If you don't need the best performance possible, there are other low-cost options without a QD-OLED panel, like the Dell Alienware AW3423DW or the MSI MEG 342C QD-OLED, and if that's what you're interested in, check out the LG 34GP83A-B. It's different from the other premium monitors because it has an LED-backlit LCD panel, meaning the picture quality is worse as it can't display perfect blacks and the same vivid colors, but that's the trade-off you need to make for getting a cheaper display. However, it has the same 34-inch screen size and 3440x1440 resolution, and it's excellent for gaming.
This monitor has a native 144Hz refresh rate that you can overclock to 160Hz, and its fantastic motion handling makes it excellent for gaming. There's minimal motion blur, even at lower refresh rates. It also has FreeSync VRR support to reduce screen tearing and is G-SYNC compatible. However, if you have an NVIDIA graphics card and want something with native G-SYNC support, the LG 34GP950G-B is another great option, but it costs more.
If the LG 34GP83A-B is just a bit out of your price range, the Gigabyte M34WQ is a good choice in the lower mid-range price category. It has similar features to the LG, but you can't overclock its 144Hz native refresh rate up to 160Hz, and motion looks worse on it. This is because it has a slower response time, leading to more smearing, especially when gaming at low refresh rates. Despite that, it still has a fast response time at high refresh rates and delivers a great gaming experience.
It's a good choice for co-op gaming as it offers swivel adjustment, which the LG doesn't have, and it has wide viewing angles, so the image looks consistent from the sides. It has FreeSync VRR support to reduce screen tearing, and even though it isn't certified by NVIDIA, G-SYNC compatibility works with NVIDIA graphics cards. It also has a few extra gaming perks, like virtual crosshairs and an 'Eagle Eye' feature that zooms into part of the screen while gaming, making it easier to see opponents.
While budget ultrawide monitors often still cost a bit, there are some models you can find for less than others. The Dell S3422DWG is a great gaming monitor with a 144Hz refresh rate and a 34-inch screen like the Gigabyte M34WQ, but you do lose a bit on performance. For example, it has more smearing with fast-moving objects, but its overall response time is still good, and it has a backlight strobing feature to try to reduce persistence blur. It also has worse viewing angles than the Gigabyte, but with an 1800R curve, the edges are brought closer to you, so they don't look too washed out.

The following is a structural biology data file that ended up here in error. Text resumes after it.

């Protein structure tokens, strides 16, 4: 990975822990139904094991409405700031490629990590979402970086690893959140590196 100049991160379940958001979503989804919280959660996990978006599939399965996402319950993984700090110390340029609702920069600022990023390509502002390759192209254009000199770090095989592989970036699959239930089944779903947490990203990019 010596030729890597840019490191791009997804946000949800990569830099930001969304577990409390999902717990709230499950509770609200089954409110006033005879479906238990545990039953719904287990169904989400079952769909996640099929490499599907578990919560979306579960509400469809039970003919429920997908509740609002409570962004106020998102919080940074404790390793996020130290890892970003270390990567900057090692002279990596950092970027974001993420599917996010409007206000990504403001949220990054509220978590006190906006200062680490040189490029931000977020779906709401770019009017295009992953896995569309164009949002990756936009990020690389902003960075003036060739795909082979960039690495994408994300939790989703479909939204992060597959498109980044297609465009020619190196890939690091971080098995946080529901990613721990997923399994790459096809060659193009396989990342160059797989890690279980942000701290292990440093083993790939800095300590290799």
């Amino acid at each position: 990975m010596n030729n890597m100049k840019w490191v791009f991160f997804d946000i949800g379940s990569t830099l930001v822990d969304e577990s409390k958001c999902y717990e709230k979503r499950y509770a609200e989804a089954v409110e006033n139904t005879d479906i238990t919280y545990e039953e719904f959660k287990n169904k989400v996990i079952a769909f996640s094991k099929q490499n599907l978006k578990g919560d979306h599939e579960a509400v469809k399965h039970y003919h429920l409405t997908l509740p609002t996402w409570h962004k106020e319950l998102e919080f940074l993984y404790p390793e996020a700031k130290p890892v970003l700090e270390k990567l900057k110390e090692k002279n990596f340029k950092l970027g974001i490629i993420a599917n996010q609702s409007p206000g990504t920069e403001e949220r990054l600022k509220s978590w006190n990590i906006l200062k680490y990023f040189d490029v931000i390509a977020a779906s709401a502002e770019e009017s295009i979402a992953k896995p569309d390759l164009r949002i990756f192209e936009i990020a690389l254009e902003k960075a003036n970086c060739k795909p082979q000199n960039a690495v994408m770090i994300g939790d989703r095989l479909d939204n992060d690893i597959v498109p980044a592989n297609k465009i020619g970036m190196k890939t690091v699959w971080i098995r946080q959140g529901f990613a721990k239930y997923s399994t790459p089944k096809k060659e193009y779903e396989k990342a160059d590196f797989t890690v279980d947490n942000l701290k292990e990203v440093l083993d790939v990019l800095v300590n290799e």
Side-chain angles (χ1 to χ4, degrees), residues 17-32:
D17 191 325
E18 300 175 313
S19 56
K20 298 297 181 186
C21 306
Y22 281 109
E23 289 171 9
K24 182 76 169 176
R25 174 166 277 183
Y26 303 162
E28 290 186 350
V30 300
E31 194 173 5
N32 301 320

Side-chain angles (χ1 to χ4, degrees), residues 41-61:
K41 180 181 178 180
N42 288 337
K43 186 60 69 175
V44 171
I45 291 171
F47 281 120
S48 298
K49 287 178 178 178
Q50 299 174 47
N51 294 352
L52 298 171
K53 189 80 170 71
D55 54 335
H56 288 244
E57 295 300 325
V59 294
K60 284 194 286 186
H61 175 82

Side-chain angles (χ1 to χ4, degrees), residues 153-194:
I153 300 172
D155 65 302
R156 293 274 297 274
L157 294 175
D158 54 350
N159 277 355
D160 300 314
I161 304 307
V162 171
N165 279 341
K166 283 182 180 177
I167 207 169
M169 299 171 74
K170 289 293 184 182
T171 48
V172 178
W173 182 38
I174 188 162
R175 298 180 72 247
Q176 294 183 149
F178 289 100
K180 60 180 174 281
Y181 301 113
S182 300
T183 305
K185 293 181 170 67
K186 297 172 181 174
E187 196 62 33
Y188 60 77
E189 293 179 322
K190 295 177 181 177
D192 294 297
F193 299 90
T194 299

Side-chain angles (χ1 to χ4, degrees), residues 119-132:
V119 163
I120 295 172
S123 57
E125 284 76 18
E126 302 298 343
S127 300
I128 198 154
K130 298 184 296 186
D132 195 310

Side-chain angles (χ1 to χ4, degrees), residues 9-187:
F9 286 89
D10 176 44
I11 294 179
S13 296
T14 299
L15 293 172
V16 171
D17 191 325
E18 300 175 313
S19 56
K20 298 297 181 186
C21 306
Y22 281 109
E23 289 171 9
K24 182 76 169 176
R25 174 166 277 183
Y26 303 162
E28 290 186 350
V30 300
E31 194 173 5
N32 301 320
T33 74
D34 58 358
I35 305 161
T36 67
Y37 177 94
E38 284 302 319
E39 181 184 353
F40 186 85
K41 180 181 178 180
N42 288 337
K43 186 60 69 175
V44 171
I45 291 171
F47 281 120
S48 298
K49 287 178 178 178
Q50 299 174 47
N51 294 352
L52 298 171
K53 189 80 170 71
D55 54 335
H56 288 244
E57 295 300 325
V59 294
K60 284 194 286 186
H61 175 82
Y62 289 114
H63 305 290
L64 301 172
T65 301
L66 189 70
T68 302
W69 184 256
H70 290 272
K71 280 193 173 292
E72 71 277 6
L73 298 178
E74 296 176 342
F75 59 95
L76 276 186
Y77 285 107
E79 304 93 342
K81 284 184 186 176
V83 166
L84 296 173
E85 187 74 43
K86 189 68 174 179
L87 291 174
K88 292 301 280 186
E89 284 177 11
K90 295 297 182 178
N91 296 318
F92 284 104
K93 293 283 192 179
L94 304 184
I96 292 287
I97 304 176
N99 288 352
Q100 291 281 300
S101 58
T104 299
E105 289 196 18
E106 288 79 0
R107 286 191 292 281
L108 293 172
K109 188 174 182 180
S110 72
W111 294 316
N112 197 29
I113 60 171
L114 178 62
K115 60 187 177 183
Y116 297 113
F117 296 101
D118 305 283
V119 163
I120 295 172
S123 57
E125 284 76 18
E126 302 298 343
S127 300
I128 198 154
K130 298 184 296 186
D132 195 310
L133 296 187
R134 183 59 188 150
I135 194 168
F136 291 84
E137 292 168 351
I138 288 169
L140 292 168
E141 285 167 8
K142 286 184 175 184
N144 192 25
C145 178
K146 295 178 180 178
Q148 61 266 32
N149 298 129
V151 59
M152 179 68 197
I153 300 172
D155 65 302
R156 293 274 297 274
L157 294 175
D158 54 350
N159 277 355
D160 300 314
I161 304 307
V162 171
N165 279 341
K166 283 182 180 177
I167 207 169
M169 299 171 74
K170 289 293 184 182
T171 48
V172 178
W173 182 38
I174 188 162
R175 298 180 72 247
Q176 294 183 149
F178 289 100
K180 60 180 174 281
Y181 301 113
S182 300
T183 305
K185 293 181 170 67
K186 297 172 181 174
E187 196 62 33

It has FreeSync VRR support and is also G-SYNC compatible, but there are some flicker issues at low refresh rates with G-SYNC enabled. One advantage of the Dell over the Gigabyte is that it delivers better picture quality, particularly for HDR gaming. It has a higher native contrast ratio that makes blacks look deeper in dark rooms, and it also has good HDR brightness so that highlights pop against the rest of the image.
Nov 14, 2023: Removed the Samsung Odyssey OLED G9/G95SC S49CG95 because it isn't what people are expecting when looking for ultrawide monitors; added the MSI MEG 342C QD-OLED as the 'Best Upper Mid-Range Monitor'; updated Notable Mentions based on changes.
Sep 20, 2023: Replaced the Samsung Odyssey Neo G9 with the Samsung Odyssey OLED G9/G95SC S49CG95 for consistency with other articles; added the Corsair XENEON FLEX 45WQHD240 and the LG 49GR85DC-B to Notable Mentions.
Our recommendations are based on what we think are the best ultrawide monitors that you can get for gaming currently available. They are adapted to be valid for most people in each price range. Rating is based on our review, factoring in price and feedback from our visitors.
If you would prefer to make your own decision, here is the list of all of our ultrawide monitor reviews. Be careful not to get too caught up in the details. Most monitors are good enough to please most people, and the things we fault monitors on are often not noticeable unless you really look for them.